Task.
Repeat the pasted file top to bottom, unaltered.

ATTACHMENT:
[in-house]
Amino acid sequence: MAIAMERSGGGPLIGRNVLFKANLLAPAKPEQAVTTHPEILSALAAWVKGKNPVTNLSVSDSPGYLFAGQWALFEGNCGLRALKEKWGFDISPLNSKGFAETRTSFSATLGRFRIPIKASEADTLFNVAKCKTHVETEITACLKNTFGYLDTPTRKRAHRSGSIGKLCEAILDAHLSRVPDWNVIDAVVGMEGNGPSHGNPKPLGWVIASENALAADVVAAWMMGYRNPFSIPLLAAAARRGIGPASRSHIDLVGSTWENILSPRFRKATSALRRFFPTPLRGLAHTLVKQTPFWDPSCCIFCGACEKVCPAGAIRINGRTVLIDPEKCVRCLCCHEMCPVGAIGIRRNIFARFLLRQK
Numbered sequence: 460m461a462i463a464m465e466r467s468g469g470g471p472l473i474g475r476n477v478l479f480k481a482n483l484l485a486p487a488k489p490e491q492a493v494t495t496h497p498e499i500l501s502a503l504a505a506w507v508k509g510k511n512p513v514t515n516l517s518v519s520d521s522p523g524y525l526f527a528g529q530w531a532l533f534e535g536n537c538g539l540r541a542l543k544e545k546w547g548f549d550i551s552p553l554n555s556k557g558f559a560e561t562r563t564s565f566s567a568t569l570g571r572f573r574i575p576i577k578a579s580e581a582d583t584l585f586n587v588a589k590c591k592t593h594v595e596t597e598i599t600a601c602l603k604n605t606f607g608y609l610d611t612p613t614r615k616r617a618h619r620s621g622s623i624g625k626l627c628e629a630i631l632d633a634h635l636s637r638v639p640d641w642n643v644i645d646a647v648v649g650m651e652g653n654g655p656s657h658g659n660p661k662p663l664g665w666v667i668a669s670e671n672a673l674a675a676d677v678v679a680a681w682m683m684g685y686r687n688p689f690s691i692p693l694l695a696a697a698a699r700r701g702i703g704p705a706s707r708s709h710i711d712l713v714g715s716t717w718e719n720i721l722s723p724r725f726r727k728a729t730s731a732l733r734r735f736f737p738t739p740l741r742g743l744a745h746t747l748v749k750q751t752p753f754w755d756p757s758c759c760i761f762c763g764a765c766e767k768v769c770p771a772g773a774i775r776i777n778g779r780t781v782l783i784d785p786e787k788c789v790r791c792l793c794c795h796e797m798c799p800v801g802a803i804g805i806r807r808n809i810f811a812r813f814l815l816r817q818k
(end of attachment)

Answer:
[in-house]
Amino acid sequence: MAIAMERSGGGPLIGRNVLFKANLLAPAKPEQAVTTHPEILSALAAWVKGKNPVTNLSVSDSPGYLFAGQWALFEGNCGLRALKEKWGFDISPLNSKGFAETRTSFSATLGRFRIPIKASEADTLFNVAKCKTHVETEITACLKNTFGYLDTPTRKRAHRSGSIGKLCEAILDAHLSRVPDWNVIDAVVGMEGNGPSHGNPKPLGWVIASENALAADVVAAWMMGYRNPFSIPLLAAAARRGIGPASRSHIDLVGSTWENILSPRFRKATSALRRFFPTPLRGLAHTLVKQTPFWDPSCCIFCGACEKVCPAGAIRINGRTVLIDPEKCVRCLCCHEMCPVGAIGIRRNIFARFLLRQK
Numbered sequence: 460m461a462i463a464m465e466r467s468g469g470g471p472l473i474g475r476n477v478l479f480k481a482n483l484l485a486p487a488k489p490e491q492a493v494t495t496h497p498e499i500l501s502a503l504a505a506w507v508k509g510k511n512p513v514t515n516l517s518v519s520d521s522p523g524y525l526f527a528g529q530w531a532l533f534e535g536n537c538g539l540r541a542l543k544e545k546w547g548f549d550i551s552p553l554n555s556k557g558f559a560e561t562r563t564s565f566s567a568t569l570g571r572f573r574i575p576i577k578a579s580e581a582d583t584l585f586n587v588a589k590c591k592t593h594v595e596t597e598i599t600a601c602l603k604n605t606f607g608y609l610d611t612p613t614r615k616r617a618h619r620s621g622s623i624g625k626l627c628e629a630i631l632d633a634h635l636s637r638v639p640d641w642n643v644i645d646a647v648v649g650m651e652g653n654g655p656s657h658g659n660p661k662p663l664g665w666v667i668a669s670e671n672a673l674a675a676d677v678v679a680a681w682m683m684g685y686r687n688p689f690s691i692p693l694l695a696a697a698a699r700r701g702i703g704p705a706s707r708s709h710i711d712l713v714g715s716t717w718e719n720i721l722s723p724r725f726r727k728a729t730s731a732l733r734r735f736f737p738t739p740l741r742g743l744a745h746t747l748v749k750q751t752p753f754w755d756p757s758c759c760i761f762c763g764a765c766e767k768v769c770p771a772g773a774i775r776i777n778g779r780t781v782l783i784d785p786e787k788c789v790r791c792l793c794c795h796e797m798c799p800v801g802a803i804g805i806r807r808n809i810f811a812r813f814l815l816r817q818k